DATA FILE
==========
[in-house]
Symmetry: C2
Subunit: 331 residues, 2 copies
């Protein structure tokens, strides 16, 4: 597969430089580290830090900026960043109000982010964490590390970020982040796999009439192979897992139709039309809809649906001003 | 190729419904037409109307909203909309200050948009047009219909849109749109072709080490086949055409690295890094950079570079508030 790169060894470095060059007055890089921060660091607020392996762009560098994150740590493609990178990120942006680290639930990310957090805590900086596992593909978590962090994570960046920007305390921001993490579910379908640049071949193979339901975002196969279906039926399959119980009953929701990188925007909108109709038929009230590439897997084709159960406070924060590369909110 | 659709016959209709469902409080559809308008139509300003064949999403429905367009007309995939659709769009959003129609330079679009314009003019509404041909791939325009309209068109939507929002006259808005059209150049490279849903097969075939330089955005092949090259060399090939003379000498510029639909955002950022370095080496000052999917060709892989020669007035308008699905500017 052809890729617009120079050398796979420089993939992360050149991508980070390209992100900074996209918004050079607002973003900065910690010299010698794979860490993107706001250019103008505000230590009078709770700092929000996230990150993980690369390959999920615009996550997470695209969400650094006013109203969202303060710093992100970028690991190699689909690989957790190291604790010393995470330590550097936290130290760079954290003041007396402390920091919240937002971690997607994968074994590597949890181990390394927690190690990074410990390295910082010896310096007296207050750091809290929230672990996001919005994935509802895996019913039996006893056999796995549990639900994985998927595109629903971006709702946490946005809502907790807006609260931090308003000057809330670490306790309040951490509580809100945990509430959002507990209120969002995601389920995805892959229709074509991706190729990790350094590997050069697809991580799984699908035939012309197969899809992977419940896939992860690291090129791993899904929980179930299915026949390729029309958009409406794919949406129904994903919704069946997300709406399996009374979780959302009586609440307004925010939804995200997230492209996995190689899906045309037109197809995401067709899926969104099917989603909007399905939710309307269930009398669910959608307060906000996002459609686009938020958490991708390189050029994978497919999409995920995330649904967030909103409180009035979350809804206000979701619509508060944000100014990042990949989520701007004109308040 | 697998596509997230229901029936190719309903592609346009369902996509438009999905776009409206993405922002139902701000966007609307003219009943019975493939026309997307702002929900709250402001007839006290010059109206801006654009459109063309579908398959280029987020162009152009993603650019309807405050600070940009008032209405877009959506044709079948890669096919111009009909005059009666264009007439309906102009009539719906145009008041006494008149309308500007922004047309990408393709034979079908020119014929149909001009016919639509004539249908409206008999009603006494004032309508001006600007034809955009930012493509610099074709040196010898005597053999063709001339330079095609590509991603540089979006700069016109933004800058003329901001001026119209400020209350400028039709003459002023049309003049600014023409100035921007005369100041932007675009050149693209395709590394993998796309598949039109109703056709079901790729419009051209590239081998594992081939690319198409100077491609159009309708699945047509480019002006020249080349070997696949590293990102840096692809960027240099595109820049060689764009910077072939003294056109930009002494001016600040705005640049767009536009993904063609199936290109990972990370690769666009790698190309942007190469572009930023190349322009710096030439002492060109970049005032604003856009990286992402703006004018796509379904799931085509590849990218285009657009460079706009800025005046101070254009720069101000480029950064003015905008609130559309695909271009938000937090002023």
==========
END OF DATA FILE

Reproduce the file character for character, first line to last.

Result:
[in-house]
Symmetry: C2
Subunit: 331 residues, 2 copies
């Protein structure tokens, strides 16, 4: 597969430089580290830090900026960043109000982010964490590390970020982040796999009439192979897992139709039309809809649906001003 | 190729419904037409109307909203909309200050948009047009219909849109749109072709080490086949055409690295890094950079570079508030 790169060894470095060059007055890089921060660091607020392996762009560098994150740590493609990178990120942006680290639930990310957090805590900086596992593909978590962090994570960046920007305390921001993490579910379908640049071949193979339901975002196969279906039926399959119980009953929701990188925007909108109709038929009230590439897997084709159960406070924060590369909110 | 659709016959209709469902409080559809308008139509300003064949999403429905367009007309995939659709769009959003129609330079679009314009003019509404041909791939325009309209068109939507929002006259808005059209150049490279849903097969075939330089955005092949090259060399090939003379000498510029639909955002950022370095080496000052999917060709892989020669007035308008699905500017 052809890729617009120079050398796979420089993939992360050149991508980070390209992100900074996209918004050079607002973003900065910690010299010698794979860490993107706001250019103008505000230590009078709770700092929000996230990150993980690369390959999920615009996550997470695209969400650094006013109203969202303060710093992100970028690991190699689909690989957790190291604790010393995470330590550097936290130290760079954290003041007396402390920091919240937002971690997607994968074994590597949890181990390394927690190690990074410990390295910082010896310096007296207050750091809290929230672990996001919005994935509802895996019913039996006893056999796995549990639900994985998927595109629903971006709702946490946005809502907790807006609260931090308003000057809330670490306790309040951490509580809100945990509430959002507990209120969002995601389920995805892959229709074509991706190729990790350094590997050069697809991580799984699908035939012309197969899809992977419940896939992860690291090129791993899904929980179930299915026949390729029309958009409406794919949406129904994903919704069946997300709406399996009374979780959302009586609440307004925010939804995200997230492209996995190689899906045309037109197809995401067709899926969104099917989603909007399905939710309307269930009398669910959608307060906000996002459609686009938020958490991708390189050029994978497919999409995920995330649904967030909103409180009035979350809804206000979701619509508060944000100014990042990949989520701007004109308040 | 697998596509997230229901029936190719309903592609346009369902996509438009999905776009409206993405922002139902701000966007609307003219009943019975493939026309997307702002929900709250402001007839006290010059109206801006654009459109063309579908398959280029987020162009152009993603650019309807405050600070940009008032209405877009959506044709079948890669096919111009009909005059009666264009007439309906102009009539719906145009008041006494008149309308500007922004047309990408393709034979079908020119014929149909001009016919639509004539249908409206008999009603006494004032309508001006600007034809955009930012493509610099074709040196010898005597053999063709001339330079095609590509991603540089979006700069016109933004800058003329901001001026119209400020209350400028039709003459002023049309003049600014023409100035921007005369100041932007675009050149693209395709590394993998796309598949039109109703056709079901790729419009051209590239081998594992081939690319198409100077491609159009309708699945047509480019002006020249080349070997696949590293990102840096692809960027240099595109820049060689764009910077072939003294056109930009002494001016600040705005640049767009536009993904063609199936290109990972990370690769666009790698190309942007190469572009930023190349322009710096030439002492060109970049005032604003856009990286992402703006004018796509379904799931085509590849990218285009657009460079706009800025005046101070254009720069101000480029950064003015905008609130559309695909271009938000937090002023």